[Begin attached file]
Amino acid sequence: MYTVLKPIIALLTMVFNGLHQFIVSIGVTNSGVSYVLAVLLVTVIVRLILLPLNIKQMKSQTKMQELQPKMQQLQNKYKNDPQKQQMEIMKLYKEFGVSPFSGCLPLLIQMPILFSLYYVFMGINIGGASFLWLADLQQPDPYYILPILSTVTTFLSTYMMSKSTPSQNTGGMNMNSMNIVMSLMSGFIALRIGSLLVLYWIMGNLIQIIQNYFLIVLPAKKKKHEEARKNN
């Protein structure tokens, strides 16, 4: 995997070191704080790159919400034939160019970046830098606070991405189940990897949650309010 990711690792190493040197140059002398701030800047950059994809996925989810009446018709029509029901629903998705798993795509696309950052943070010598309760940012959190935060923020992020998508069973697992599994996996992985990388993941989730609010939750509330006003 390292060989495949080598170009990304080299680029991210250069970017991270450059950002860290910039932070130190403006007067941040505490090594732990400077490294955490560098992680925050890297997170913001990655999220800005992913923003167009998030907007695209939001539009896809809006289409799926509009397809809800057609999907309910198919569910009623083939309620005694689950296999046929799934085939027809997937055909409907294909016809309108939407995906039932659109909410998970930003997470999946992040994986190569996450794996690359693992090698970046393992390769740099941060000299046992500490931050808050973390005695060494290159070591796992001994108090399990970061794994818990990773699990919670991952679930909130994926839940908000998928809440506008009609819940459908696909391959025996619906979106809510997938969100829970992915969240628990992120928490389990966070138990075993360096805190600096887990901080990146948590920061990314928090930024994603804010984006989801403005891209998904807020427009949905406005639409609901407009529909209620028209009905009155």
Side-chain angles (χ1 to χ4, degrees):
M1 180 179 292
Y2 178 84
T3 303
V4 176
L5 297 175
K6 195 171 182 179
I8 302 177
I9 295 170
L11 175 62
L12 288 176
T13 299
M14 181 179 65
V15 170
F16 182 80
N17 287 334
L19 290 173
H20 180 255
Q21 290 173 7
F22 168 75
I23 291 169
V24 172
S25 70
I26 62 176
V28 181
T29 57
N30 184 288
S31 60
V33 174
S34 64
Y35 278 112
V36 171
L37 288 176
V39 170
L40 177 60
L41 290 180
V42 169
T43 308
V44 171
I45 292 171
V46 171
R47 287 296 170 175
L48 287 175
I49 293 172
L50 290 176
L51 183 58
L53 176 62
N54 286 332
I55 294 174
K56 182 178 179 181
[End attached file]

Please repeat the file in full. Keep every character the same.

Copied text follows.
Amino acid sequence: MYTVLKPIIALLTMVFNGLHQFIVSIGVTNSGVSYVLAVLLVTVIVRLILLPLNIKQMKSQTKMQELQPKMQQLQNKYKNDPQKQQMEIMKLYKEFGVSPFSGCLPLLIQMPILFSLYYVFMGINIGGASFLWLADLQQPDPYYILPILSTVTTFLSTYMMSKSTPSQNTGGMNMNSMNIVMSLMSGFIALRIGSLLVLYWIMGNLIQIIQNYFLIVLPAKKKKHEEARKNN
């Protein structure tokens, strides 16, 4: 995997070191704080790159919400034939160019970046830098606070991405189940990897949650309010 990711690792190493040197140059002398701030800047950059994809996925989810009446018709029509029901629903998705798993795509696309950052943070010598309760940012959190935060923020992020998508069973697992599994996996992985990388993941989730609010939750509330006003 390292060989495949080598170009990304080299680029991210250069970017991270450059950002860290910039932070130190403006007067941040505490090594732990400077490294955490560098992680925050890297997170913001990655999220800005992913923003167009998030907007695209939001539009896809809006289409799926509009397809809800057609999907309910198919569910009623083939309620005694689950296999046929799934085939027809997937055909409907294909016809309108939407995906039932659109909410998970930003997470999946992040994986190569996450794996690359693992090698970046393992390769740099941060000299046992500490931050808050973390005695060494290159070591796992001994108090399990970061794994818990990773699990919670991952679930909130994926839940908000998928809440506008009609819940459908696909391959025996619906979106809510997938969100829970992915969240628990992120928490389990966070138990075993360096805190600096887990901080990146948590920061990314928090930024994603804010984006989801403005891209998904807020427009949905406005639409609901407009529909209620028209009905009155």
Side-chain angles (χ1 to χ4, degrees):
M1 180 179 292
Y2 178 84
T3 303
V4 176
L5 297 175
K6 195 171 182 179
I8 302 177
I9 295 170
L11 175 62
L12 288 176
T13 299
M14 181 179 65
V15 170
F16 182 80
N17 287 334
L19 290 173
H20 180 255
Q21 290 173 7
F22 168 75
I23 291 169
V24 172
S25 70
I26 62 176
V28 181
T29 57
N30 184 288
S31 60
V33 174
S34 64
Y35 278 112
V36 171
L37 288 176
V39 170
L40 177 60
L41 290 180
V42 169
T43 308
V44 171
I45 292 171
V46 171
R47 287 296 170 175
L48 287 175
I49 293 172
L50 290 176
L51 183 58
L53 176 62
N54 286 332
I55 294 174
K56 182 178 179 181